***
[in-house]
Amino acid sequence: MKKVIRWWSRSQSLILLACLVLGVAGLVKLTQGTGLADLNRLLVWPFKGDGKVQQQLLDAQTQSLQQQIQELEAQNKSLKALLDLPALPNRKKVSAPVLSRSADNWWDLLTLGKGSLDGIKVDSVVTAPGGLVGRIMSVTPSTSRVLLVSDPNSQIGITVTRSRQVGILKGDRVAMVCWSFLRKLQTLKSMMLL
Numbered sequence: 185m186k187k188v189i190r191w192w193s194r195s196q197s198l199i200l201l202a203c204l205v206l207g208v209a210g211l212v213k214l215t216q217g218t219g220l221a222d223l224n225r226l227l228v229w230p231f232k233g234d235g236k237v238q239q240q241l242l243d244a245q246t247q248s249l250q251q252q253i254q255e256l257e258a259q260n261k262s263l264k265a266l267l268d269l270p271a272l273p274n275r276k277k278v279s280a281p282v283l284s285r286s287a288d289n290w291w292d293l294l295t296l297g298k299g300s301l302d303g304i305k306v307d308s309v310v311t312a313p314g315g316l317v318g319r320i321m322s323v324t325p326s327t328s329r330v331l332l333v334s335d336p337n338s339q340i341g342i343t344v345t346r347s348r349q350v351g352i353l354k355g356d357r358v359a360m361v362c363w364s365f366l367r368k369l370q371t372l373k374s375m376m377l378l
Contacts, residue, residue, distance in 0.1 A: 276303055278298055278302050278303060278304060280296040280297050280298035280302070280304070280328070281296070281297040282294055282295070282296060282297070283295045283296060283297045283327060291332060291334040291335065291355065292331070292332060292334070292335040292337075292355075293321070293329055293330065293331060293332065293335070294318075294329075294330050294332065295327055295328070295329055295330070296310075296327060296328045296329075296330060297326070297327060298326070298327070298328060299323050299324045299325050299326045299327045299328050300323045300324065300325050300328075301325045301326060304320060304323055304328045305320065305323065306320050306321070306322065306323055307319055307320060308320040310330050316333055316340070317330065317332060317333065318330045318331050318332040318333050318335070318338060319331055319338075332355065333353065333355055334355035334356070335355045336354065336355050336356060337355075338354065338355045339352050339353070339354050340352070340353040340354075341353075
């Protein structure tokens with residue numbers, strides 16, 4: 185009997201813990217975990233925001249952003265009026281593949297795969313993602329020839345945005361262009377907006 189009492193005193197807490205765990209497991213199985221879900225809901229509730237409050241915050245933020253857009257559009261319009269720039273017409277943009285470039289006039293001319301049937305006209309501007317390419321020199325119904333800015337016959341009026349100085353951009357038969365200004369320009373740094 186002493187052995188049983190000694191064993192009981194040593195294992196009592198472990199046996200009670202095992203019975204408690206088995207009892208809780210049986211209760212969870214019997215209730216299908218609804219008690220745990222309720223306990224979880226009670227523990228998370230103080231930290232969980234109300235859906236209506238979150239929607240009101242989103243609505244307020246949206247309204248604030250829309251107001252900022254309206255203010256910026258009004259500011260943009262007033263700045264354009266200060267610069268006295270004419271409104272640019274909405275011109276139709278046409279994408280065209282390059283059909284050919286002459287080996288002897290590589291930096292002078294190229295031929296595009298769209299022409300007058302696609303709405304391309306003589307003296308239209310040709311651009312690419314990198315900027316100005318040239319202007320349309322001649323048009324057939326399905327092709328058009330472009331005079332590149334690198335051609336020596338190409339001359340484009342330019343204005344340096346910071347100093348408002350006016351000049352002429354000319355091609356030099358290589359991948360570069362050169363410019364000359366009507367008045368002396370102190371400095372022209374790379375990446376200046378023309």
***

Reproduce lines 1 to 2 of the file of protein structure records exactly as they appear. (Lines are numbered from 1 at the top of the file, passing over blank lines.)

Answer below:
[in-house]
Amino acid sequence: MKKVIRWWSRSQSLILLACLVLGVAGLVKLTQGTGLADLNRLLVWPFKGDGKVQQQLLDAQTQSLQQQIQELEAQNKSLKALLDLPALPNRKKVSAPVLSRSADNWWDLLTLGKGSLDGIKVDSVVTAPGGLVGRIMSVTPSTSRVLLVSDPNSQIGITVTRSRQVGILKGDRVAMVCWSFLRKLQTLKSMMLL